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History of Edinburgh

Home > History

Edinburgh started as a fort. Castle Rock is an easily defended position so from earliest times it was the site of a fort. In the 7th century the English captured this part of Scotland and they called this place Eiden's burgh (burgh is an old word for fort). In the 10th century the Scots re-captured the area. Late in the 11th century Malcolm III built a castle on Castle Rock and a small town grew up nearby. By the early 12th century Edinburgh was a flourishing community.

In 1128 David I founded Holyrood Abbey. The Abbey was manned by Augustinian canons who gave their name to Canongate. (Gate does not mean a gate in a wall it is from the old word 'gait' meaning road.

In the Middle Ages there were friars in Edinburgh. Friars were like monks but instead of withdrawing from the world they went out to preach. In Edinburgh there were Dominican friars (called black friars because of their black costumes and Augustinian friars (known as grey friars). Both orders lived in friaries on the southern edge of Edinburgh.

In the Middle Ages Edinburgh was famous for making wool cloth. Nearby was the settlement of Leith which acted as Edinburgh's port. The main export was hides. Cattle and sheep were sold at a market in Cowgate. They were then butchered in the town. After 1477 grain and hay were sold in the Grassmarket.

Edinburgh

In 1329 Edinburgh was given a charter (a document granting the townspeople certain rights) a sign of its growing importance. However in 1296 the English captured Edinburgh castle. They held it until 1322. Edinburgh suffered in constant warfare between Scots and English. In 1385 the English burned St Giles Kirk and the Town Hall. Despite this Edinburgh continued to grow and by the 15th century it was Scotland's de facto capital.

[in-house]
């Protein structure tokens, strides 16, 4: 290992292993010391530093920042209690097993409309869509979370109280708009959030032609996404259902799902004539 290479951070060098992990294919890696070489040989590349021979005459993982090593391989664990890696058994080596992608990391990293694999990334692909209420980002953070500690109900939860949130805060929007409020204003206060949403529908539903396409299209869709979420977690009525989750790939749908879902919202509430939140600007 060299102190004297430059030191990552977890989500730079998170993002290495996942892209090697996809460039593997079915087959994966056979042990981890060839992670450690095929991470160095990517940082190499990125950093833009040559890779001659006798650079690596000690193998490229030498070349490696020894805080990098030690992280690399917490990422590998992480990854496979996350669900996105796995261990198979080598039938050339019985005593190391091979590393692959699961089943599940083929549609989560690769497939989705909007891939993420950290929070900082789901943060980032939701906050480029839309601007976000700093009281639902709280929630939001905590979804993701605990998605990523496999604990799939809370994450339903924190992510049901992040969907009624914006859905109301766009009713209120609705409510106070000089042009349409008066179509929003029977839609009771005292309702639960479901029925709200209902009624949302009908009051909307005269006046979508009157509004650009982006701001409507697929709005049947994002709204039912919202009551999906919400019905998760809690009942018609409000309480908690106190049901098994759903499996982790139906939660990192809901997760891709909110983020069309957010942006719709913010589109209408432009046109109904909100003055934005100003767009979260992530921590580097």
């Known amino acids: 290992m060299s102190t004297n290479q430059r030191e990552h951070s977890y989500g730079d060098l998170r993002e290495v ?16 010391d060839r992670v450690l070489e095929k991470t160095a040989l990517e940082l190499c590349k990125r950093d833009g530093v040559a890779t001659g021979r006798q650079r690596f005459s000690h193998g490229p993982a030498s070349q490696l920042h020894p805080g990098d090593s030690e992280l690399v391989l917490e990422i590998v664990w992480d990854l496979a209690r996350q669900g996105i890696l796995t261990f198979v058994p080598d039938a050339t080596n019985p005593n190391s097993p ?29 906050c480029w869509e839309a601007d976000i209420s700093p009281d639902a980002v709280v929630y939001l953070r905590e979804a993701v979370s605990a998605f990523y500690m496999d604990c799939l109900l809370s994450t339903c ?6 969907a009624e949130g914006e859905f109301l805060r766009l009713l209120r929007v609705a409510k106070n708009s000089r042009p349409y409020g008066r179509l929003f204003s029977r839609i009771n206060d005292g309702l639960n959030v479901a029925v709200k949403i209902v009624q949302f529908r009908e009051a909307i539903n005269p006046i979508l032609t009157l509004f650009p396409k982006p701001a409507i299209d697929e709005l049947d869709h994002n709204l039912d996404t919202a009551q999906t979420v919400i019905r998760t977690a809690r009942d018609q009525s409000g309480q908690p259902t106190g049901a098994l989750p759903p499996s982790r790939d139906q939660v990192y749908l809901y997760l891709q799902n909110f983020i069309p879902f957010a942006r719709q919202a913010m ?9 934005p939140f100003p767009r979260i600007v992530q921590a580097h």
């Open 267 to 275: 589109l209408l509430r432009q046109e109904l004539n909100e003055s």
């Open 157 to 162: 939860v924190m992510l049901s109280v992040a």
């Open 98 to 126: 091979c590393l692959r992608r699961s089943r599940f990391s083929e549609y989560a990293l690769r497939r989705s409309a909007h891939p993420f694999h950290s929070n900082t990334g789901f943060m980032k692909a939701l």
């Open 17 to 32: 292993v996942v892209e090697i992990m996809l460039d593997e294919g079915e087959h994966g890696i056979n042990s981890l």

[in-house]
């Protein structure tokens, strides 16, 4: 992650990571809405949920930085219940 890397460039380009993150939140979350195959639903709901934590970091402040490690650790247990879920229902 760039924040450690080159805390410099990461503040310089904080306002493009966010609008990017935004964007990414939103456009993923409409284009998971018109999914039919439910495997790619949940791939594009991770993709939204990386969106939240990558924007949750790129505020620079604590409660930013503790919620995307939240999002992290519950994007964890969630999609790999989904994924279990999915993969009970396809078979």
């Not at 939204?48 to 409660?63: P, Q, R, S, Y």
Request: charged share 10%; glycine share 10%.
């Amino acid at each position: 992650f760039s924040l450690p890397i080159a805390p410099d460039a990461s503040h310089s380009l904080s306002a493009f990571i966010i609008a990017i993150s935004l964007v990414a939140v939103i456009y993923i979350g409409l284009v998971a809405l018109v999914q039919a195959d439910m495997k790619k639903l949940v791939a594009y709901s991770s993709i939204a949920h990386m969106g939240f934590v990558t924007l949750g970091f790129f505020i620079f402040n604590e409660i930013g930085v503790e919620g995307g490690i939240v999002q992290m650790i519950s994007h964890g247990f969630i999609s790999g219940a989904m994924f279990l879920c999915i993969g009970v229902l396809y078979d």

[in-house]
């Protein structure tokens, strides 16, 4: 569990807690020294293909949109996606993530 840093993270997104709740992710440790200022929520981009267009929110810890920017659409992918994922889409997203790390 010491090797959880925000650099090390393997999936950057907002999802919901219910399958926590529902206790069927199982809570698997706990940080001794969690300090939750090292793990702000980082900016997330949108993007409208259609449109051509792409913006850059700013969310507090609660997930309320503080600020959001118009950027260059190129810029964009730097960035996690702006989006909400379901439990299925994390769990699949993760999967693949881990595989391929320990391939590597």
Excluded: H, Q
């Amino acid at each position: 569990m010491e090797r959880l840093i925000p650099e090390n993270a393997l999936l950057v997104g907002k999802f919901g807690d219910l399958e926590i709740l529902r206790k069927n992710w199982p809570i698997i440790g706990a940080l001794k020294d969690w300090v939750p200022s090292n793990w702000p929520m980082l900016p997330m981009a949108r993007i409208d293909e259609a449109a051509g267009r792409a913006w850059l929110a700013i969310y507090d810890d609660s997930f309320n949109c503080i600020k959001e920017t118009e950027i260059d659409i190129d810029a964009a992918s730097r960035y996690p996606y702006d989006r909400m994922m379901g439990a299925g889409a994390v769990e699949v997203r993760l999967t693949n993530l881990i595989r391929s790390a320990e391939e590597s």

At the end of the 15th century the king built Holyrood House. John Knox's House was also built at the end of the 15th century.

 


Complete history of Edinburgh

Humans have settled the Edinburgh area from at least the Bronze Age, leaving traces of primitive stone settlements at Holyrood, Craiglockhart Hill and the Pentland Hills for example.


Where the name Edinburgh came from

The etymology of Edinburgh traces the origin of the city's name. The name comes from the Brythonic language. The poem Y Gododdin shows that the name derives from Din Eidyn (Fort of Eidyn) from the time when it was a Gododdin hillfort